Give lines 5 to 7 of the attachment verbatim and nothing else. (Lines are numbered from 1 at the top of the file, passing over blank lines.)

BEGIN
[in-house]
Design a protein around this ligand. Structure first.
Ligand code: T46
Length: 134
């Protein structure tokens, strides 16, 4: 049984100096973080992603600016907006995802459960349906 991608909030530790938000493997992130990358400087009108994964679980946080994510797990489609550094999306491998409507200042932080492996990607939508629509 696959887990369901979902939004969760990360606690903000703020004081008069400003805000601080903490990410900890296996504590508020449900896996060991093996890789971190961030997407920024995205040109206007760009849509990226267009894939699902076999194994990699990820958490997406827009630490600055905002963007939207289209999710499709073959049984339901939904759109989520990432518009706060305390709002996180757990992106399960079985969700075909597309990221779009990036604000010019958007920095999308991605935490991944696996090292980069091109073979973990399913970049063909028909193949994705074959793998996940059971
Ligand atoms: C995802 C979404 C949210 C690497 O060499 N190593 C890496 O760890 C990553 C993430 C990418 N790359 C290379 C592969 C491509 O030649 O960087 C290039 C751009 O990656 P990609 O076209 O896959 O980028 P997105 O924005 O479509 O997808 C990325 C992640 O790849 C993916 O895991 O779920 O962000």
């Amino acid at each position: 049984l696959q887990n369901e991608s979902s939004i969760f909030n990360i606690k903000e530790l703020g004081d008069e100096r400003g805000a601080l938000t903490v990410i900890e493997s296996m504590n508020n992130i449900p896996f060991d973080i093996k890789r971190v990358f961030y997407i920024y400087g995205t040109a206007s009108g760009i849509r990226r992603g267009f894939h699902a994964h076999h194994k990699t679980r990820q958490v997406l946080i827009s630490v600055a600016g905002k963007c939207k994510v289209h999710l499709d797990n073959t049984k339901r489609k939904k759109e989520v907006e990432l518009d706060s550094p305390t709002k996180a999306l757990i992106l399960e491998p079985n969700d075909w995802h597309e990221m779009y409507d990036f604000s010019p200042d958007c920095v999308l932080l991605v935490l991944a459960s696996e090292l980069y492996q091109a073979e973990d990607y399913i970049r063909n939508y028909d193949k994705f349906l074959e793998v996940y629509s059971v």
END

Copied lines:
């Protein structure tokens, strides 16, 4: 049984100096973080992603600016907006995802459960349906 991608909030530790938000493997992130990358400087009108994964679980946080994510797990489609550094999306491998409507200042932080492996990607939508629509 696959887990369901979902939004969760990360606690903000703020004081008069400003805000601080903490990410900890296996504590508020449900896996060991093996890789971190961030997407920024995205040109206007760009849509990226267009894939699902076999194994990699990820958490997406827009630490600055905002963007939207289209999710499709073959049984339901939904759109989520990432518009706060305390709002996180757990992106399960079985969700075909597309990221779009990036604000010019958007920095999308991605935490991944696996090292980069091109073979973990399913970049063909028909193949994705074959793998996940059971
Ligand atoms: C995802 C979404 C949210 C690497 O060499 N190593 C890496 O760890 C990553 C993430 C990418 N790359 C290379 C592969 C491509 O030649 O960087 C290039 C751009 O990656 P990609 O076209 O896959 O980028 P997105 O924005 O479509 O997808 C990325 C992640 O790849 C993916 O895991 O779920 O962000």
């Amino acid at each position: 049984l696959q887990n369901e991608s979902s939004i969760f909030n990360i606690k903000e530790l703020g004081d008069e100096r400003g805000a601080l938000t903490v990410i900890e493997s296996m504590n508020n992130i449900p896996f060991d973080i093996k890789r971190v990358f961030y997407i920024y400087g995205t040109a206007s009108g760009i849509r990226r992603g267009f894939h699902a994964h076999h194994k990699t679980r990820q958490v997406l946080i827009s630490v600055a600016g905002k963007c939207k994510v289209h999710l499709d797990n073959t049984k339901r489609k939904k759109e989520v907006e990432l518009d706060s550094p305390t709002k996180a999306l757990i992106l399960e491998p079985n969700d075909w995802h597309e990221m779009y409507d990036f604000s010019p200042d958007c920095v999308l932080l991605v935490l991944a459960s696996e090292l980069y492996q091109a073979e973990d990607y399913i970049r063909n939508y028909d193949k994705f349906l074959e793998v996940y629509s059971v």